Hearing the request and answer, Isidore turned around, directing a warning look at the captain. “We don’t want to appear hostile. Hostility provokes hostility.” As the Delphi’s philosopher, Isidore had a duty to remind them of the ethical principles applicable to each situation they encountered. Following those principles was a commitment every Solarian shared.

Frowning, Hero resumed his pacing. “We won’t provoke anyone. The soldiers will remain on the ship, but I want them to be ready in case they’re needed.”

“Why don’t we send them a message, sir?” Hypatia said. “I can tap into their communication system.”

The captain stopped pacing and sat, turning away from Isidore. “Ezekiel, what do you recommend? What should we say?”

“The same as before, sir. ‘We come in peace,’ and give them Sol’s stellar coordinates.”

Hero turned back to Hypatia. “Go ahead.”

“I just sent it, sir.” She stared at the communication console, then looked up, eyes wide with surprise. She turned to face the others. “You all need to see this.” She transferred the output from the radio sensors to the big screen. On the dark side of the planet, lights blinked off. Radio signals shut down one by one on both the dark and bright sides. Ross 128b was transforming into a dark and silent sphere.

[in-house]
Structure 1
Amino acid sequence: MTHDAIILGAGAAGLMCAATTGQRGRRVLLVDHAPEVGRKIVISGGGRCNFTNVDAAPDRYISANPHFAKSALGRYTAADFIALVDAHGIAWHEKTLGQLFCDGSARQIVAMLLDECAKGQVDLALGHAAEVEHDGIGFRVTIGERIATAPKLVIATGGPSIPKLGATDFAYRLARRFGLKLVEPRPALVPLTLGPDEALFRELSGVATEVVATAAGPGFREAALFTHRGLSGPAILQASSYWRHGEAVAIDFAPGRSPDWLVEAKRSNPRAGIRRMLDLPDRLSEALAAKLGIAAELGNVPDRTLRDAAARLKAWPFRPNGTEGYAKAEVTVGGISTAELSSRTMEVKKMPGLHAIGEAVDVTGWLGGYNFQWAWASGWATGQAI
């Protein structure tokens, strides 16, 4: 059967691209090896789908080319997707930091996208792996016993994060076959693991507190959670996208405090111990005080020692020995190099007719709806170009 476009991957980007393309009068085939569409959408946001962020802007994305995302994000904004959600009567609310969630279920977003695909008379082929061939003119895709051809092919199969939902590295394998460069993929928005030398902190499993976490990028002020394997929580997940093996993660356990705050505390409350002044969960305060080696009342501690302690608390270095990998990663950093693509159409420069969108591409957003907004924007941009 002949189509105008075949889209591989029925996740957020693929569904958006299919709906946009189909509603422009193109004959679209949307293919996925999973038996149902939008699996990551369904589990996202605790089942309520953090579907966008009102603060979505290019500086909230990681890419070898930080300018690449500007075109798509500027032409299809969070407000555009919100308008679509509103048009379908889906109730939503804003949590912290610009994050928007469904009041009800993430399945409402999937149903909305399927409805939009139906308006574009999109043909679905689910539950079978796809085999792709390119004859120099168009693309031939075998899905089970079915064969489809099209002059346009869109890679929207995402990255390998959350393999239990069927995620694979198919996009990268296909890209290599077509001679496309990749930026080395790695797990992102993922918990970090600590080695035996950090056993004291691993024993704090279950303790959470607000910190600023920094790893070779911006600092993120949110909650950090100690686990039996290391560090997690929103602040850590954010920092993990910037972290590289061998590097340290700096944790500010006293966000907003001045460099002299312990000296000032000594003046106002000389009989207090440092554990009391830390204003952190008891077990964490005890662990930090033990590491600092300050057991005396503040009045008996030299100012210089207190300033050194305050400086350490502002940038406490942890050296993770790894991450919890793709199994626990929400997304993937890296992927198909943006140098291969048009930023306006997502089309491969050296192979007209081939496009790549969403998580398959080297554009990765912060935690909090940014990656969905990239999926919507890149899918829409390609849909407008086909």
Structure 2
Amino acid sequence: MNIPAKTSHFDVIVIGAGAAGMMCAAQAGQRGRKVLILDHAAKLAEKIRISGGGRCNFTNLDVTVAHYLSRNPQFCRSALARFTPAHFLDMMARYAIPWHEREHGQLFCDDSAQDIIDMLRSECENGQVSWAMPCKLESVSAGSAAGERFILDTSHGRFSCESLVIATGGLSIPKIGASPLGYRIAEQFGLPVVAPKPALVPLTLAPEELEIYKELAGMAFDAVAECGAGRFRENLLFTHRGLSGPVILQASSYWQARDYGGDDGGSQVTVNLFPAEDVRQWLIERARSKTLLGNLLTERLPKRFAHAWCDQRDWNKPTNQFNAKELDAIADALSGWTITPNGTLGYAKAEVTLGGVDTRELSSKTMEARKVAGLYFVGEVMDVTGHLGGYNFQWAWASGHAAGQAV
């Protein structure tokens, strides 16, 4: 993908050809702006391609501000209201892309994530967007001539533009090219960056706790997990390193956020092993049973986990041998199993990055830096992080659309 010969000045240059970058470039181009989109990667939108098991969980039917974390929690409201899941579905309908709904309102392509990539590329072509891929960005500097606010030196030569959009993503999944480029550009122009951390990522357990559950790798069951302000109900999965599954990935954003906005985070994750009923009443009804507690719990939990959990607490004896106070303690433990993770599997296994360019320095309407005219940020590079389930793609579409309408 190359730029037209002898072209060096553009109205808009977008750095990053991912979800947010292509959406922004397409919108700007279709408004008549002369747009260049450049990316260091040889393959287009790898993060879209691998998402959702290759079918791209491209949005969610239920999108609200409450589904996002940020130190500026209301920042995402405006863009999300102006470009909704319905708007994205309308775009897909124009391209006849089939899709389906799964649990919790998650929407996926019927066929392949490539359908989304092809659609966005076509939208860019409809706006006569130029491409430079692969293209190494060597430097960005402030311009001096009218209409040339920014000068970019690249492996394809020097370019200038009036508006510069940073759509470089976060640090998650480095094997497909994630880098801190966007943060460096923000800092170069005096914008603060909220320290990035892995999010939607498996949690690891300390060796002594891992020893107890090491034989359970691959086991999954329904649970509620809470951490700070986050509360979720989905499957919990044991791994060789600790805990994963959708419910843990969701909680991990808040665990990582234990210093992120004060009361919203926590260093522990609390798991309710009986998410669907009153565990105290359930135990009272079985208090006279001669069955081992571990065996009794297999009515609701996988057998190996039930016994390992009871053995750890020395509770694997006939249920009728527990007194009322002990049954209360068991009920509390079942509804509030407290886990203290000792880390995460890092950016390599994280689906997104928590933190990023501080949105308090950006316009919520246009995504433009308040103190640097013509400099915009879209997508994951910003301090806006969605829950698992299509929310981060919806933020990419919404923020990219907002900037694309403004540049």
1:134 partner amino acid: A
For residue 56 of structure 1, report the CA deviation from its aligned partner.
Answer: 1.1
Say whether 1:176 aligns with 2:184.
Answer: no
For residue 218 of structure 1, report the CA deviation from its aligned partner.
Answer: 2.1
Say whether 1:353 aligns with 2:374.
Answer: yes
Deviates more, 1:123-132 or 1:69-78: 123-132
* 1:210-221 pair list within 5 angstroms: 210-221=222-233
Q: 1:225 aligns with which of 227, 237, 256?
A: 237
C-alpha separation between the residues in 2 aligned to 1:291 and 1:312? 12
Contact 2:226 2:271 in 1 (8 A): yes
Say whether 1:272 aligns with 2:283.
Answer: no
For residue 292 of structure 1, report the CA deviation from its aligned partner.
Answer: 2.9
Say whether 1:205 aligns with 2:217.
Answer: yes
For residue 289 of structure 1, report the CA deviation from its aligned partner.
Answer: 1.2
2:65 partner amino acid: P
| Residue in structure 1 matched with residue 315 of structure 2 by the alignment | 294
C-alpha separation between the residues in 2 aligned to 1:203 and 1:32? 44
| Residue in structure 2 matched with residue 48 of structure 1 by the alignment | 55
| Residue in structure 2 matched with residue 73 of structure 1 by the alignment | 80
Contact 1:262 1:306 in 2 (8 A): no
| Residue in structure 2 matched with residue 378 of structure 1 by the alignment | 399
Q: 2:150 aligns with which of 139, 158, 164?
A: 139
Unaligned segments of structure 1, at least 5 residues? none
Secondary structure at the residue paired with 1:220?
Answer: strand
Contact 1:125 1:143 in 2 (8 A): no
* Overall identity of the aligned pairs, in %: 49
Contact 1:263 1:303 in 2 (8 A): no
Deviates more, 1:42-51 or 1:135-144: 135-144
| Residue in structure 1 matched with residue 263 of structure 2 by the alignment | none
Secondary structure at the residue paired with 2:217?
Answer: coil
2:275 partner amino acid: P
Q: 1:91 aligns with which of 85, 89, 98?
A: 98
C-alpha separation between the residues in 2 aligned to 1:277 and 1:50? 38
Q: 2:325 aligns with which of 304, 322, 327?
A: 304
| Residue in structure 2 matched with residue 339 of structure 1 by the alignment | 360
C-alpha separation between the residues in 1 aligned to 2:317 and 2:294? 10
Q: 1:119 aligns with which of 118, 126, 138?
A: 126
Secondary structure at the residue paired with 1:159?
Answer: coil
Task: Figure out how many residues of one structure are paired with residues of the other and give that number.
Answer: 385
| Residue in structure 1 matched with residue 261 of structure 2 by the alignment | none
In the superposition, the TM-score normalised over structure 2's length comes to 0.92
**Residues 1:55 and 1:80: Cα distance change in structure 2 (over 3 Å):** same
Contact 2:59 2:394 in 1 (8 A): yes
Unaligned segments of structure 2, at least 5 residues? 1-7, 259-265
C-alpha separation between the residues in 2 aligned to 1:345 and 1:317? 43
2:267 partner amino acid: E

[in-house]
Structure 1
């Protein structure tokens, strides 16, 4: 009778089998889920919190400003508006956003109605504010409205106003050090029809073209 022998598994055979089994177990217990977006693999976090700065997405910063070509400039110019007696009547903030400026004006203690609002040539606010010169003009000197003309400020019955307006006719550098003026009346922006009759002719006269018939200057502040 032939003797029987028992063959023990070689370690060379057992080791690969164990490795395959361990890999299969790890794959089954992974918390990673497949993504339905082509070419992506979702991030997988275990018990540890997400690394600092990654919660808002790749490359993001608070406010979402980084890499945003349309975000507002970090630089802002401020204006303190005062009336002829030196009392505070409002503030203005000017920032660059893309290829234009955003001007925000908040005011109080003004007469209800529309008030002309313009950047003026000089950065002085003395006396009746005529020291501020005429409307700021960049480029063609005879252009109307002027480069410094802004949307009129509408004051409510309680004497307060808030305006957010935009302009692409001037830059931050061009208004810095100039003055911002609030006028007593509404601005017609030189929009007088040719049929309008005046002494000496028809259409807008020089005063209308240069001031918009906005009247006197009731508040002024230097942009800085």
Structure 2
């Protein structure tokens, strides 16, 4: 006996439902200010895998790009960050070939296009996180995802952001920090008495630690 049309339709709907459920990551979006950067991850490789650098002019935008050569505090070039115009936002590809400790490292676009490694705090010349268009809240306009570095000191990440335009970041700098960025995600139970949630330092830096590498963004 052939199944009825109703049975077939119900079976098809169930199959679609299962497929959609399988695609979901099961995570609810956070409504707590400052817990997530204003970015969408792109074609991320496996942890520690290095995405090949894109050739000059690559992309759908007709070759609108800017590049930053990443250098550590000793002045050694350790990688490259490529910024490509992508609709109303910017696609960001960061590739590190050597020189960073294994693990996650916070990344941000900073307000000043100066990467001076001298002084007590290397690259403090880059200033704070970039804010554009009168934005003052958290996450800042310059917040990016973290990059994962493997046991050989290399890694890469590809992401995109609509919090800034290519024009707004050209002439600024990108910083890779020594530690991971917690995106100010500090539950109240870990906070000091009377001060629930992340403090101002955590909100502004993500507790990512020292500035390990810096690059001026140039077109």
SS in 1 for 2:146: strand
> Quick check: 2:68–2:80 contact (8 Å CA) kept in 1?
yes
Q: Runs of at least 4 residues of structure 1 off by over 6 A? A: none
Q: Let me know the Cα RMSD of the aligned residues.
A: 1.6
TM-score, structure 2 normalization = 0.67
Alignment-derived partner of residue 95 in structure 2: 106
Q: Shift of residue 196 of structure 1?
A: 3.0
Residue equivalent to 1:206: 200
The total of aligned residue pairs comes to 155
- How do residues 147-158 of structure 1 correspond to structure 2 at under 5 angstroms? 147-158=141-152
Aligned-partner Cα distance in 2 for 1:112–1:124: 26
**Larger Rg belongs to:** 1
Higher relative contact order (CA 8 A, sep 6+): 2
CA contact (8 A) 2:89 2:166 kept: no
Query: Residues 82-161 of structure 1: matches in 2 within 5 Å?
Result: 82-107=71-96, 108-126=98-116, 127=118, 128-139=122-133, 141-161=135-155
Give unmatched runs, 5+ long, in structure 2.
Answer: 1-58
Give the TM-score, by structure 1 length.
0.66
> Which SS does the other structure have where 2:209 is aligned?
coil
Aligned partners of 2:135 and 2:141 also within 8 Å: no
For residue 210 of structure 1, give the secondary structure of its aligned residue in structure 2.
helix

The crew stared at each other.

Hero’s gaze went from one crew member to another. “Does anybody know what’s happening?”

“They may not have been expecting us, but they were expecting someone,” Menander said.

“What do you mean?” Hero said.

“They were ready for our signal. As soon as it appeared, they tried to hide their locations. It’s only a guess.” He looked at Ezekiel. “What do you think?”

“A message from space should have been a shock,” he said. “An unexpected event that would create mayhem, confusion, and planet-wide communication, everyone trying to figure out if it’s real and what it means. Instead, they’re taking cover. I agree with Menander. They were expecting something—or someone—who they think could be a threat.”

“What do we do?” Hero looked at him.

Ezekiel gulped—a persistent vestigial human reaction he couldn’t seem to get rid of. As cultural officer, first communication with an alien race was his responsibility. “Do just as we planned. Land the ship and learn who these people are and what they’re expecting.”

Hero searched the faces of his officers. Everyone nodded in agreement. “Okay. We’ll land in the spot Hypatia picked out. Let’s see how different this world is from the one we visited before.” He fastened his seatbelt then leaned back in his chair. “Hypatia, take her down.”

Enjoy it? Then buy the whole book. It’s the second volume in series, the first volume, being Ezekiel’s Brain, which tells how Ezekiel and the Solarian race originated. But you can read Prime Directive on its own, without having to read Ezekiel’s Brain first. Each volume in the series is a stand-alone novel. Both Prime Directive and Ezekiel’s Brain are available on Amazon in paperback and Kindle versions. Ezekiel’s Brain is also available as an audio book. Follow the links below to find them on Amazon. Click here for Prime Directive. Click here for Ezekiel’s Brain.